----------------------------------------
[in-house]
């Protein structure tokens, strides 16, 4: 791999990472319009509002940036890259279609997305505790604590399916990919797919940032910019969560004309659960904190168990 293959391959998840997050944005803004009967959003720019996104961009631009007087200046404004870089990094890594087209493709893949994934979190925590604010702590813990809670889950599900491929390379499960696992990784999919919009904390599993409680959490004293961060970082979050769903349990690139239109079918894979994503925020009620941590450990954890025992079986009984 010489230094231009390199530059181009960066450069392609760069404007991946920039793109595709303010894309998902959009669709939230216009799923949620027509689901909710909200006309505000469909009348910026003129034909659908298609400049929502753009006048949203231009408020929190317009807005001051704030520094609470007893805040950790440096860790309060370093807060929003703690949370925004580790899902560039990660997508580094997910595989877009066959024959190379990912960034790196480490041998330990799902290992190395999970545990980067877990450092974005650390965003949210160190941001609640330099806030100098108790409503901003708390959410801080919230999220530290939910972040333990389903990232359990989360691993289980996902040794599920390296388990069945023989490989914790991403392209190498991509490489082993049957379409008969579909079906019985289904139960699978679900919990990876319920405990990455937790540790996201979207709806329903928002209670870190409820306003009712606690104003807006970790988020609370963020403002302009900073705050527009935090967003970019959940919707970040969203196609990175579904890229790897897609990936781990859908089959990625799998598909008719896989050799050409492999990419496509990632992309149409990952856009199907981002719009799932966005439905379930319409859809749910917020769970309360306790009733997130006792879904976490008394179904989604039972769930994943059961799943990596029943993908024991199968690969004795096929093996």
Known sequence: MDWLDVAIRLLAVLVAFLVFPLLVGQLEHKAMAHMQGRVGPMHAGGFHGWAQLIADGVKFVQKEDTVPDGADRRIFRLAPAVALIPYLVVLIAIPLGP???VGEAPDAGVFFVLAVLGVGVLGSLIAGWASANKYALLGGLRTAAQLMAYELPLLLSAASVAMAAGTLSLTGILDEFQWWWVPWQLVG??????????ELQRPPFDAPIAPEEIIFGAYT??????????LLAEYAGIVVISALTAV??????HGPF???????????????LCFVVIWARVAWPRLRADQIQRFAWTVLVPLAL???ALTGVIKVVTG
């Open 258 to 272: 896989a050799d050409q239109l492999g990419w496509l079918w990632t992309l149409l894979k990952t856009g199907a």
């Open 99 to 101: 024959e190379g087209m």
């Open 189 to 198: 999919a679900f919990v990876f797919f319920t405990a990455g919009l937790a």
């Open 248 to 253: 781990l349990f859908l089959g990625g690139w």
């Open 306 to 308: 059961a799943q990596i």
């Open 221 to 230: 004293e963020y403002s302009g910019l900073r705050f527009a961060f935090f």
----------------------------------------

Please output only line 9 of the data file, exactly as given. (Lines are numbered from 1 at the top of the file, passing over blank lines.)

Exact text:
């Open 221 to 230: 004293e963020y403002s302009g910019l900073r705050f527009a961060f935090f």